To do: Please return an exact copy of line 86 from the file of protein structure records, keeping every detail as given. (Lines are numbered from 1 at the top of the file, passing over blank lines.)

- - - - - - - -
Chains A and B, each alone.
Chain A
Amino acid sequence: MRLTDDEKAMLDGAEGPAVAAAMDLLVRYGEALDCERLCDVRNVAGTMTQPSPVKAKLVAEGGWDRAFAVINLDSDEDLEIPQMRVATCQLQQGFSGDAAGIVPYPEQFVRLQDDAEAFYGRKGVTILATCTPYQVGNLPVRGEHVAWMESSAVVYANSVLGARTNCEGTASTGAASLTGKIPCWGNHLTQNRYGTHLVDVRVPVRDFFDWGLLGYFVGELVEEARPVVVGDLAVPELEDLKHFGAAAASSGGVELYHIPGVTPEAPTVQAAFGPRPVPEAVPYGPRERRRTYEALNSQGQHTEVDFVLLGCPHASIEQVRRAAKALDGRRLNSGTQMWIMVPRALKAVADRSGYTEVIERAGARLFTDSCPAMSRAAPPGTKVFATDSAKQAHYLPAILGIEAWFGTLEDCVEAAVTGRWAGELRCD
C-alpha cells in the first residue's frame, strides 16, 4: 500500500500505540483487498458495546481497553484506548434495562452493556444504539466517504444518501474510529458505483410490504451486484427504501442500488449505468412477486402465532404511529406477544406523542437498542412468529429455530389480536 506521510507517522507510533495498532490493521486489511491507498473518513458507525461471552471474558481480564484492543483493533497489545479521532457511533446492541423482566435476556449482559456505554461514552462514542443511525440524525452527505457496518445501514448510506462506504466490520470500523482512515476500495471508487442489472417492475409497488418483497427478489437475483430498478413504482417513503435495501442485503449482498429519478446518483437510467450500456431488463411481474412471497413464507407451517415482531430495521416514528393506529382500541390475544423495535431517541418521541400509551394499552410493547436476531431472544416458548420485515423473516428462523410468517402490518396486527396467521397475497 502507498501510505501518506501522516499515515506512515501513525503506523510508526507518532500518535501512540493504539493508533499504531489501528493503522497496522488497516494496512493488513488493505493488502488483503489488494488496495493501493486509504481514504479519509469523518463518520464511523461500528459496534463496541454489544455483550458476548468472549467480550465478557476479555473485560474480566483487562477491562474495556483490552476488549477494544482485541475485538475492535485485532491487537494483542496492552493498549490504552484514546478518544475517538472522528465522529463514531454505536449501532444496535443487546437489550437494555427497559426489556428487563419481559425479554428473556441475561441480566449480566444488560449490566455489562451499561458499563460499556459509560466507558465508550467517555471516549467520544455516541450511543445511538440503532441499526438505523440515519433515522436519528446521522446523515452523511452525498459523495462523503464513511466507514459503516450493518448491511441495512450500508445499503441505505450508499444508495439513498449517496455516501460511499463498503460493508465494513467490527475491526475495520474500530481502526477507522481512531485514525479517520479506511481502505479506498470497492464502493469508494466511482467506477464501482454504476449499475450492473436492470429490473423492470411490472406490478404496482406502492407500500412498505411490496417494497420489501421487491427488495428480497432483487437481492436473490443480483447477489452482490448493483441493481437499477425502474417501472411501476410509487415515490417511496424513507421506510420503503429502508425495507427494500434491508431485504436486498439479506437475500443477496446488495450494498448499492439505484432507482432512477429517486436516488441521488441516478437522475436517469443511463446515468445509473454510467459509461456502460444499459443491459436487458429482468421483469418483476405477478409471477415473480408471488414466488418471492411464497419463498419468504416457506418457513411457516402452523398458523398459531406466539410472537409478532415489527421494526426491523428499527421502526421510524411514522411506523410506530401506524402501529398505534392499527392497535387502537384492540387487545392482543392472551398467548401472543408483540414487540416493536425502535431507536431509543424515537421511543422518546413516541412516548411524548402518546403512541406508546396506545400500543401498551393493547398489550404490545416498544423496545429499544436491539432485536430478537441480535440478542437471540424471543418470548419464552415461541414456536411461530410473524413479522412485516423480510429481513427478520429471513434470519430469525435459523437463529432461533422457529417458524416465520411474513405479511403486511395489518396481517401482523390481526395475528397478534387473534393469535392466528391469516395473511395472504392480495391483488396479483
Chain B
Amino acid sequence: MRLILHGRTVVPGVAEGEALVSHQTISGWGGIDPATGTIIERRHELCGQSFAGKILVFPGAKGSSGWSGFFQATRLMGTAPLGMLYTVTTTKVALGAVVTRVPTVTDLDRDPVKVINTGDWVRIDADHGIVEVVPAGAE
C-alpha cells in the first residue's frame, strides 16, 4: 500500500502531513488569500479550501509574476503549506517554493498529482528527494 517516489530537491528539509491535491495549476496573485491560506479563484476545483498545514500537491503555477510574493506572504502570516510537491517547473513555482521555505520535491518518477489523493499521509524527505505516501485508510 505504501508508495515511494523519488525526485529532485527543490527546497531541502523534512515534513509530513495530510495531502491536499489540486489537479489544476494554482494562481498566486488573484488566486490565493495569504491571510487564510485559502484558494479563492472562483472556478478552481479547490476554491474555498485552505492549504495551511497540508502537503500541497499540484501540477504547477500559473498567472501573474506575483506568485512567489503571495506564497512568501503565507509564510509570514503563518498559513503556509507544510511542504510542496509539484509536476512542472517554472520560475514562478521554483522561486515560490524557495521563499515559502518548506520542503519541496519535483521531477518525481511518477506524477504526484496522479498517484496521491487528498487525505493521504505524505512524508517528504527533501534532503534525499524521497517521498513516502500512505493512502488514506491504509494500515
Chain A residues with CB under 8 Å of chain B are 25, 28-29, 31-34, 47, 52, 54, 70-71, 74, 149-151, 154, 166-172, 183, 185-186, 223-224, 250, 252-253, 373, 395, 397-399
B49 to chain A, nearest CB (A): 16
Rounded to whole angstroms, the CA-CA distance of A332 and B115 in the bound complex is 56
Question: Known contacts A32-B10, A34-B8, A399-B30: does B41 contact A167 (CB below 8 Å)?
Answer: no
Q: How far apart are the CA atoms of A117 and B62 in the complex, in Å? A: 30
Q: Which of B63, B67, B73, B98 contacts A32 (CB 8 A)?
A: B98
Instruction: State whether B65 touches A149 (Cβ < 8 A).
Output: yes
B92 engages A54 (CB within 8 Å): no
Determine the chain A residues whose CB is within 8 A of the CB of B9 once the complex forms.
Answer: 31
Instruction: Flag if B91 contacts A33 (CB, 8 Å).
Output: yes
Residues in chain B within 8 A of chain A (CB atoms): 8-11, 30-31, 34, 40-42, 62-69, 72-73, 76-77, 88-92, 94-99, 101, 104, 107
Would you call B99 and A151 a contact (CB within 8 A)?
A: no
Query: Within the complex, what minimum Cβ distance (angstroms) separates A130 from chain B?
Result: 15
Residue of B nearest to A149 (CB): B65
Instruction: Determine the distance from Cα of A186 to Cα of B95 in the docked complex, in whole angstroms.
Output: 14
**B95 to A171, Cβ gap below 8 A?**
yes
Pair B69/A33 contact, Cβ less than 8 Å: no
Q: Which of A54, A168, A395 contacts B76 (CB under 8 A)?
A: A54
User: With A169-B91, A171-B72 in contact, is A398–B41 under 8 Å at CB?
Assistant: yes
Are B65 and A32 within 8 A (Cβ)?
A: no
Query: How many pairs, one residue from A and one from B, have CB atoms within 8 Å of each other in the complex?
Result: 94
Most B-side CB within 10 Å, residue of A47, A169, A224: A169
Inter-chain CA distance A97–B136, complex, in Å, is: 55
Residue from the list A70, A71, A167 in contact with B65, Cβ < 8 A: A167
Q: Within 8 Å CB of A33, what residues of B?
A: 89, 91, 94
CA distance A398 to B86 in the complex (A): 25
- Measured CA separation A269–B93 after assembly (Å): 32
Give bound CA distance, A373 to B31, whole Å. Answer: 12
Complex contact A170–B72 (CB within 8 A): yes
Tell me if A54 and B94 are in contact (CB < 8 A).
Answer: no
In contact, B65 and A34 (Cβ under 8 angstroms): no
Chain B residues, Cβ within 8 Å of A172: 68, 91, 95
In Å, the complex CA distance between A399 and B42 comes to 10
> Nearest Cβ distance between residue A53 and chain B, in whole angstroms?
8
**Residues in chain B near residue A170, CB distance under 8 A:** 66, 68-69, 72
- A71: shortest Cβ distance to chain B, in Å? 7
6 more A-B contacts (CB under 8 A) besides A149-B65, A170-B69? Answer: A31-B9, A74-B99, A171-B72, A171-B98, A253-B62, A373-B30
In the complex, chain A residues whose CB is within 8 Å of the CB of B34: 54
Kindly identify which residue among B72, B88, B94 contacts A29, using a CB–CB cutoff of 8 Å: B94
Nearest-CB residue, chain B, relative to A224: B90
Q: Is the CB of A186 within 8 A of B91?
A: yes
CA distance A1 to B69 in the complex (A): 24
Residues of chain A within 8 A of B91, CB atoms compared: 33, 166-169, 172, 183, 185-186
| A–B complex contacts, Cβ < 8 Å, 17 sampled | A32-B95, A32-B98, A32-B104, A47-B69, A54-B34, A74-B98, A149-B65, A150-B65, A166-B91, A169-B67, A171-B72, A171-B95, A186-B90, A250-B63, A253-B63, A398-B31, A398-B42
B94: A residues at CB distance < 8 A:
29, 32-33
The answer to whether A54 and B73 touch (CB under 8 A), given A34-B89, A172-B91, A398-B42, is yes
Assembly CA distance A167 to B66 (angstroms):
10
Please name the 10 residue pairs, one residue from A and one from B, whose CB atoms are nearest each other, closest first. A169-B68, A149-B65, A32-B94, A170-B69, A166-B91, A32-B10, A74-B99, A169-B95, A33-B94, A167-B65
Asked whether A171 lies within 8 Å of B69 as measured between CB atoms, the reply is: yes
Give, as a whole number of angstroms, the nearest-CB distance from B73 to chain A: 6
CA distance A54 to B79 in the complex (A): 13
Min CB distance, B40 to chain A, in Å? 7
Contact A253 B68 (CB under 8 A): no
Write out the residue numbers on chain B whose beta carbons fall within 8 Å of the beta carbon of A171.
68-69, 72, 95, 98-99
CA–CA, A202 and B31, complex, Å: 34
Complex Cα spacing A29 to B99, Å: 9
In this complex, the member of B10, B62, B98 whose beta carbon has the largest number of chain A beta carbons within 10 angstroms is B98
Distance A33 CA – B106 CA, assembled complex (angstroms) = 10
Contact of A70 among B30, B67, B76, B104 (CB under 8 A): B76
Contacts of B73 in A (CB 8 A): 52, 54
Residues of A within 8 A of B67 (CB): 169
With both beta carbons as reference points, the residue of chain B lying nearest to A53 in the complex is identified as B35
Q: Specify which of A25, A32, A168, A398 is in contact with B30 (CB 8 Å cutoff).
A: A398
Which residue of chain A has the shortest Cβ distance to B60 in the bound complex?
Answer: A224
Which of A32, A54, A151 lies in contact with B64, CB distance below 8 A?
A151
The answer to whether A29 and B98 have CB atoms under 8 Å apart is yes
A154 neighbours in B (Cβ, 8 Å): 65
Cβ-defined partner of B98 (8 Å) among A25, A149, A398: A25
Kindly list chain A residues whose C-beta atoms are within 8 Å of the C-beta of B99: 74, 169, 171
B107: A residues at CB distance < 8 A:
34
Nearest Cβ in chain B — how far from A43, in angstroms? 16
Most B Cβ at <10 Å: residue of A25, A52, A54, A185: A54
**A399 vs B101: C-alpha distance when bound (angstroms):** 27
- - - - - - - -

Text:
Contact of A70 among B30, B67, B76, B104 (CB under 8 A): B76